06. U-shaped attribution
At this point, you may have noticed that the difference between MTA models lies in which touchpoints they choose to prioritize over others. Linear attribution models give equal credit to all touchpoints. Time-decay MTAs give credit to campaigns based on how recently consumers interacted with them. The U-shaped model, also known as a position-based model, gives credit to two key touchpoints - the first and the last. It gives a smaller amount of credit to any touchpoints in between.
Specifically, the first touch and the final touch (aptly called the lead creation touch) each receive 40% of the credit for the user’s conversion - making up a total of 80%. The remaining 20% is distributed among the middle touchpoints, giving a small percentage of the credit to each one.
07. W-shaped attribution
Similar in principle to a U-shaped model, a W-shaped model is another type of position-based MTA. Like a U-shaped model, this model gives a large share of the credit to the first and last touches. The difference is that it also gives a large share of the credit to a third touch in the middle, known as opportunity creation.
In this case, all three touchpoints - the first touch, the opportunity creation touch, and the lead creation touch - each receive 30% of the credit. Together, they’re responsible for 90% of the user’s decision to convert. The final 10% is divided between any remaining middle touchpoints.
08. Full path attribution
This type of MTA has much in common with U-shaped and W-shaped attribution, but it distributes the bulk of the credit between four - rather than two or three - touchpoints. The additional touchpoint is the interaction that triggered the purchase.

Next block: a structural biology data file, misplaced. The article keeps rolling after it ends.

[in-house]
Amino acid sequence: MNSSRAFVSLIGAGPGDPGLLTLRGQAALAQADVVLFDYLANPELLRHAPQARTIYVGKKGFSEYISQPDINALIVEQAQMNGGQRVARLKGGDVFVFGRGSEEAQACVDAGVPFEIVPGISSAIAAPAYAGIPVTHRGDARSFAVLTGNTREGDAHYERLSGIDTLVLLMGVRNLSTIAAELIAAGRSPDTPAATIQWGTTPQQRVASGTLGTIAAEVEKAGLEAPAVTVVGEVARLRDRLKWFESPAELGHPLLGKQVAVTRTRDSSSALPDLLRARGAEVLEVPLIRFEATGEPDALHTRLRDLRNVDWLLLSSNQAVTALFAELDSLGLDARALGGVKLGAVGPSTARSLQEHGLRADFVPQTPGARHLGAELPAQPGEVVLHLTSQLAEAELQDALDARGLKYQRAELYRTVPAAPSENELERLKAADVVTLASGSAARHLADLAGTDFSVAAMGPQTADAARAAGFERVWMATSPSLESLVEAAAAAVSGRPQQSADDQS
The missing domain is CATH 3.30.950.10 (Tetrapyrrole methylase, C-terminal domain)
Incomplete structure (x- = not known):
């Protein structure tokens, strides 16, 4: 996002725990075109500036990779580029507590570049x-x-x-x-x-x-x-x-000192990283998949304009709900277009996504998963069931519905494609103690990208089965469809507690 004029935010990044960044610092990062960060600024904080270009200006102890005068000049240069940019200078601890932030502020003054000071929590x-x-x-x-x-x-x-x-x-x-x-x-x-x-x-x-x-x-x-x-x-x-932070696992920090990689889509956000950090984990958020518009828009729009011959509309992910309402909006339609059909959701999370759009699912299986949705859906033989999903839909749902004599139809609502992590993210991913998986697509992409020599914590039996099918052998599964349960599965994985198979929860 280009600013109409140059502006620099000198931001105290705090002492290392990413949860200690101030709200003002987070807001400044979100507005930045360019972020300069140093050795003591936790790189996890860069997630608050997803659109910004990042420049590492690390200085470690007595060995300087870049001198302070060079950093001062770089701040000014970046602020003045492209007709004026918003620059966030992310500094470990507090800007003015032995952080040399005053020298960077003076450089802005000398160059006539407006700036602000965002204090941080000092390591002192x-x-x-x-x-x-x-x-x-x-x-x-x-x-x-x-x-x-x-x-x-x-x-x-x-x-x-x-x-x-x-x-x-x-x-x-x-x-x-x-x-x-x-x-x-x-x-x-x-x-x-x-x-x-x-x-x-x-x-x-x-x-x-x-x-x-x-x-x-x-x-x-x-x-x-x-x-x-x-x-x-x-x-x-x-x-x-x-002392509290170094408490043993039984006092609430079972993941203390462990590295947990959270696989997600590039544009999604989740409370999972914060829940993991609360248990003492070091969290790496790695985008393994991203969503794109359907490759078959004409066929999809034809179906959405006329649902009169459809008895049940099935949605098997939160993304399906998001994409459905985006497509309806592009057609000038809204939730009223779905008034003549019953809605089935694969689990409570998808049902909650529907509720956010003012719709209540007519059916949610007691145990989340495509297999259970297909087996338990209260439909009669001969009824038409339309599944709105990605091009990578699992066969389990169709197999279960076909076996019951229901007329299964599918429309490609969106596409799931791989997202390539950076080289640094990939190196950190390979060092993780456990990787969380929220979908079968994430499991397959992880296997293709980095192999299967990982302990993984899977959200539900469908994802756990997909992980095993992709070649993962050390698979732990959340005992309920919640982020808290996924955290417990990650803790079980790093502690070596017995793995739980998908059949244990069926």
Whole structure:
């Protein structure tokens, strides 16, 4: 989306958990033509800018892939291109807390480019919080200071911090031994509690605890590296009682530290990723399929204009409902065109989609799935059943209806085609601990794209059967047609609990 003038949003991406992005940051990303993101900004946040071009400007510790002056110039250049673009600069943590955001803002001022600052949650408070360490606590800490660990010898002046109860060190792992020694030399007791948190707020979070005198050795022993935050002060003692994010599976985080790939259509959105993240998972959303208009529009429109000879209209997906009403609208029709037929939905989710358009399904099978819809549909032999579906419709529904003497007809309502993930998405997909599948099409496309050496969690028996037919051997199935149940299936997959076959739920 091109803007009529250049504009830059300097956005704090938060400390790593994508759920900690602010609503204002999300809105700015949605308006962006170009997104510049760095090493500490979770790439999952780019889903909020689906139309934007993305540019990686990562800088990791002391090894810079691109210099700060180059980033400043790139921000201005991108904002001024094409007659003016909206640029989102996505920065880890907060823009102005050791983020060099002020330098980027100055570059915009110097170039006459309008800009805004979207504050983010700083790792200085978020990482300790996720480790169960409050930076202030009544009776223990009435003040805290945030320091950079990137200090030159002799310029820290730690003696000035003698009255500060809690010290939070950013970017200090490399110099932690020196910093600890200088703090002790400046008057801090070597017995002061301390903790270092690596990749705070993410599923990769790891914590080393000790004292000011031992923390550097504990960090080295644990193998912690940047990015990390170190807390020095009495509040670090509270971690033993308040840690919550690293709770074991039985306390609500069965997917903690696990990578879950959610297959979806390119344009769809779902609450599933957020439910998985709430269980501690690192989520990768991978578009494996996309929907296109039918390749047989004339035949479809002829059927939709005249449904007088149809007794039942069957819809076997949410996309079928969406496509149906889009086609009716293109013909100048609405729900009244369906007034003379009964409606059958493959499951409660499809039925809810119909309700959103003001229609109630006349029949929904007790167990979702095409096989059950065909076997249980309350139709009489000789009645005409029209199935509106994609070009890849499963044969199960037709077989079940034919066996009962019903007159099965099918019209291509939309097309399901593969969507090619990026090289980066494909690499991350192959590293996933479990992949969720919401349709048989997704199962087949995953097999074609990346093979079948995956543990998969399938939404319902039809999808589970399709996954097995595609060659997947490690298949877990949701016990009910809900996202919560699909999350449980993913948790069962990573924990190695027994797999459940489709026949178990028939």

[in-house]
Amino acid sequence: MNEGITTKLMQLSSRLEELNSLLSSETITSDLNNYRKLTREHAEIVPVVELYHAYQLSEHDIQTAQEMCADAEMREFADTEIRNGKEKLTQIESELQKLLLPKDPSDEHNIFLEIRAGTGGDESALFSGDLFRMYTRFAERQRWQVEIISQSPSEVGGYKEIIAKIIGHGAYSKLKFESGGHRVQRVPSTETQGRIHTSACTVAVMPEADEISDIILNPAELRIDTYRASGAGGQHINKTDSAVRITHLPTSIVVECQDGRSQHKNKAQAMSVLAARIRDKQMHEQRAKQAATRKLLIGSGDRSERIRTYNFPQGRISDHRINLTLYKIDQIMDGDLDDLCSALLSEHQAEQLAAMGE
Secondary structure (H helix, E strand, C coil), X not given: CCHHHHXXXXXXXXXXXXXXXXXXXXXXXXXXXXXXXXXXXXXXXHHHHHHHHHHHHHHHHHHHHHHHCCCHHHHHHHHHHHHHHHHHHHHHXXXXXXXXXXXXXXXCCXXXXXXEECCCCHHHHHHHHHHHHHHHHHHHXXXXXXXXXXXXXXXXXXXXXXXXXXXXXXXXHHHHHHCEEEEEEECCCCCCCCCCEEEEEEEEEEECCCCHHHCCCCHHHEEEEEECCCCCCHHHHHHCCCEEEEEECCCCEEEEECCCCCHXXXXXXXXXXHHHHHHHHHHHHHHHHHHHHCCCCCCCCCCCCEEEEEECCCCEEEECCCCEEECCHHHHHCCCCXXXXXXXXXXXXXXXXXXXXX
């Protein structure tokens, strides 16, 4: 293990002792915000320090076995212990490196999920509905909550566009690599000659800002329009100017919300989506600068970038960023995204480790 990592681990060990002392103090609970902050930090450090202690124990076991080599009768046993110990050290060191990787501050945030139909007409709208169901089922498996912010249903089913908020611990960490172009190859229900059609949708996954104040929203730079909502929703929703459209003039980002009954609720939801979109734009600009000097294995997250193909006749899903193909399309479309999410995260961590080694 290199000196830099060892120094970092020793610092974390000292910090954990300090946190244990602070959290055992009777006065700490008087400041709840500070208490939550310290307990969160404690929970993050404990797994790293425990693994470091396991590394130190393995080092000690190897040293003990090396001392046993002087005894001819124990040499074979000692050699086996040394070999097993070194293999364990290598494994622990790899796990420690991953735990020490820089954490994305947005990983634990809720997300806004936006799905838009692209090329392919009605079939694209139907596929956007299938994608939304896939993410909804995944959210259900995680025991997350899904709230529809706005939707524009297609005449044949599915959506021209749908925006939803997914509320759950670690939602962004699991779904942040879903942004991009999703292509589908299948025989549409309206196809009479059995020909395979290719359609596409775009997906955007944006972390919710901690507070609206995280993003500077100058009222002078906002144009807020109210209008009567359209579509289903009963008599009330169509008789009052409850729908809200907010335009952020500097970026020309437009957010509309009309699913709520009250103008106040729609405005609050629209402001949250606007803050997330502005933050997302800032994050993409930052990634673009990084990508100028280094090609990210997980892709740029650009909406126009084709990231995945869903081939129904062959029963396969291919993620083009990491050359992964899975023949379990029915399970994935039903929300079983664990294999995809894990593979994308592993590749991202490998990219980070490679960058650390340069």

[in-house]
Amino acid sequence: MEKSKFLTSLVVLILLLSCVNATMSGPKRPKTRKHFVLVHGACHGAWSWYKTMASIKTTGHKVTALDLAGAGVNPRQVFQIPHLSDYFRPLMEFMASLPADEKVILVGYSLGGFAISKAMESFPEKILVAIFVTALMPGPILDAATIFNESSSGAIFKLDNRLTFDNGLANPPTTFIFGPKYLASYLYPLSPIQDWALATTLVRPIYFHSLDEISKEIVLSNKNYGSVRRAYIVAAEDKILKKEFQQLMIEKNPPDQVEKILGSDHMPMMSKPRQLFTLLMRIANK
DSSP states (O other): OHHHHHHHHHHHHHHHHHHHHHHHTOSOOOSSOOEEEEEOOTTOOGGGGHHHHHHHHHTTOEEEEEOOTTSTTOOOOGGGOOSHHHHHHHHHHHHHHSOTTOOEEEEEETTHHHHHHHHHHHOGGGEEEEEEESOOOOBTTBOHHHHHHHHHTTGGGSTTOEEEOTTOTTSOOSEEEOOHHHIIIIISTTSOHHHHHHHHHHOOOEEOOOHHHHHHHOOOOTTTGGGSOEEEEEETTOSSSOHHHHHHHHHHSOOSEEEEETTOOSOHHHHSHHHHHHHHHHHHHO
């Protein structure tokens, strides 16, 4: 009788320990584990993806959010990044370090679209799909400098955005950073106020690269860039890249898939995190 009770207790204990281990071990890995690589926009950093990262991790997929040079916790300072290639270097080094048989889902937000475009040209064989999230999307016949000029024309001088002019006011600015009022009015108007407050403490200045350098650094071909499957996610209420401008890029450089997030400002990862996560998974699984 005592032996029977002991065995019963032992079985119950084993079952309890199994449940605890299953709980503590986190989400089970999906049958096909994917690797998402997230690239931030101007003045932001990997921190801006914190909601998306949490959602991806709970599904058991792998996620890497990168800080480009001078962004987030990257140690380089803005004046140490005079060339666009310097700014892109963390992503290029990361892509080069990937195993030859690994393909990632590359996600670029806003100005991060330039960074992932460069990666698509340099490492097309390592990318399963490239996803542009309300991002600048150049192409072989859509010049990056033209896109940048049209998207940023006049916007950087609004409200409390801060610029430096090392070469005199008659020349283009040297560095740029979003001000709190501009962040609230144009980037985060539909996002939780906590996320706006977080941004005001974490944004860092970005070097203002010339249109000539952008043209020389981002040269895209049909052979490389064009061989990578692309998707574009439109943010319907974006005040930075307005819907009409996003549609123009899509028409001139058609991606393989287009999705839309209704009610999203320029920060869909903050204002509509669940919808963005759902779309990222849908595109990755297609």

In this way, the full path model doesn’t just map out the factors generating leads; it also details the factors leading to the purchase. In other words, it takes into account the customer’s complete journey through the marketing funnel.
09. Custom or algorithmic attribution
If you find that none of the models perfectly capture your strategy, you can always create a custom model. This is a more advanced approach that allows you to assign your own attribution weights to the touchpoints of your choice. To do this, you’ll need to have a deep knowledge of your marketing channels and the behavioral patterns of your buyers as they move through the sales funnel.
If you’re just getting started with marketing attribution, this isn’t an ideal option to launch into, as it can consume a great deal of time and resources. For many companies, attribution tools that make use of the existing models are highly effective in creating a targeted and optimized marketing strategy.
How to choose the right marketing attribution tool for your business